If you plan to ask each set of parents if and how they would be able to contribute financially, keep the money talk confidential for both sides by meeting with them separately. The financial status of the families may differ, and it's unfair to create a sense of financial obligation. As you meet, make it clear you aren't expecting anything... remember that any contribution toward your day is a wonderful gesture!

You may have a dream wedding in mind, but it doesn't have to break the bank!

Budget-savvy couples create their dream, then begin their happily ever after financially healthy— rather than steeped in post-wedding debt.

Who traditionally pays for a wedding?

In recent years, industry-wide trends regarding contributions toward the total cost of a wedding show:

  • The bride's family contributes 40%-45%
  • The groom's family contributes 12%-15%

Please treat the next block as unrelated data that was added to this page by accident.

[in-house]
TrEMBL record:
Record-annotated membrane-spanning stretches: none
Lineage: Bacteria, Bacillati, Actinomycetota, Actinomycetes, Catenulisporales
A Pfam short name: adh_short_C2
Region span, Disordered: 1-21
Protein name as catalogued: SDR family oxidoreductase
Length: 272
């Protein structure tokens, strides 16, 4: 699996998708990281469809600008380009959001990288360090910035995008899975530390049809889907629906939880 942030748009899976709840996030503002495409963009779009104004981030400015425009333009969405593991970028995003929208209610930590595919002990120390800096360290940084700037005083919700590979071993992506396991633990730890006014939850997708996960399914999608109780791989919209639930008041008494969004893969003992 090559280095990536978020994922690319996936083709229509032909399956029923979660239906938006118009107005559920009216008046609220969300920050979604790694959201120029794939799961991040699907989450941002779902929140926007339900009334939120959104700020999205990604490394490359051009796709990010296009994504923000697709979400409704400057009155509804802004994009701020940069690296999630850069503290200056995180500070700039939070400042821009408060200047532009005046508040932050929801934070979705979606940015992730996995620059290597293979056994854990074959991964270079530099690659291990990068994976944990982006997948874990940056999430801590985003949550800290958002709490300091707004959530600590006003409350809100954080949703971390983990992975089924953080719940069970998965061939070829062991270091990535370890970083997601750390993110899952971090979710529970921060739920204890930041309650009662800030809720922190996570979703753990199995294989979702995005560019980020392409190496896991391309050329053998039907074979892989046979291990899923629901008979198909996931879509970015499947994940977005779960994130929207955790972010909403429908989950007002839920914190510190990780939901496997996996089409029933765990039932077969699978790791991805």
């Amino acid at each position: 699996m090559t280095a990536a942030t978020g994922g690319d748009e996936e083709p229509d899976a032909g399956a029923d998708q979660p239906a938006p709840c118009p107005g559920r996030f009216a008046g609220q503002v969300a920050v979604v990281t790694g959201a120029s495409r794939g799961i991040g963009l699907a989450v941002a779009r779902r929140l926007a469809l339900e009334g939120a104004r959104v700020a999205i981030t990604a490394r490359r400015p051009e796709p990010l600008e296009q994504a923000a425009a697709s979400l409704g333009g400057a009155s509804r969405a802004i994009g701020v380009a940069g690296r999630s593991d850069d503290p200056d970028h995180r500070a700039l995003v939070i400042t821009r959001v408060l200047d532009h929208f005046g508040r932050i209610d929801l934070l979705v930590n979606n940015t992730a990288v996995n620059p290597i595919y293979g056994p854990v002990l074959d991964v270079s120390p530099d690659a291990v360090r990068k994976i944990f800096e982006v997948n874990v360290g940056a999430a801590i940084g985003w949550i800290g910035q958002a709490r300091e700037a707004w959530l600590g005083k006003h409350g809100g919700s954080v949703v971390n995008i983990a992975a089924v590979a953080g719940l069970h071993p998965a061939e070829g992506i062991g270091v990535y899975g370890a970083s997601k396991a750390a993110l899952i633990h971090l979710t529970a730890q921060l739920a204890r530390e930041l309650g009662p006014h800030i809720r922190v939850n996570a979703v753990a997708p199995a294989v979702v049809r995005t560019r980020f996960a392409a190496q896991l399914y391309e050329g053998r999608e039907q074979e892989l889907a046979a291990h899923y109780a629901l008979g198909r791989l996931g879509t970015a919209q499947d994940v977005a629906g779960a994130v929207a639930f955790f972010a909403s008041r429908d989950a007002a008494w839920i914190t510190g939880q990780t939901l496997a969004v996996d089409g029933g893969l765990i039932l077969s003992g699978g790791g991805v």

• The couple contributes 40%-45%

Our "who pays for what" guide below follows traditional allocations. Redistribute budget items to what best suits you and your family's circumstances... and even consider cutting some if you are going over budget.

Your budget will be allocated much differently by increasing or decreasing your number of guests. For instance, at $100 per person, cutting 15-20 names can result in a much more manageable budget for you and your families.

What does the bride's parents pay for?

  • Wedding planning costs, including planner
  • Wedding dress, veil, jewelry, and shoes
  • Bridesmaid gifts
  • Flowers: bridal bouquet, bridesmaids, flower girl basket and pillow for ring bearer, corsages and boutonnieres
  • The groom's ring and gift
  • Engagement party and/or notices
  • Save the Dates, invitations, thank you cards, and associated stationery
  • Wedding ceremony, rental fees, decorations, and music
  • Wedding reception, including food, beverages, decorations, entertainment, and rental fees
  • Decorations, floral arrangements for ceremony and reception
  • Wedding cake/dessert
  • Photography, videography
  • Transportation of the wedding party
  • Possibly, hotel accommodations for out-of-town attendants
  • Miscellaneous costs

What does the groom's parents pay for?

  • Engagement and wedding ring
  • Rehearsal dinner, invitations, food, beverages, decorations, and entertainment
  • Groomsmen gifts
  • Groom's wedding attire and accessories
  • Marriage license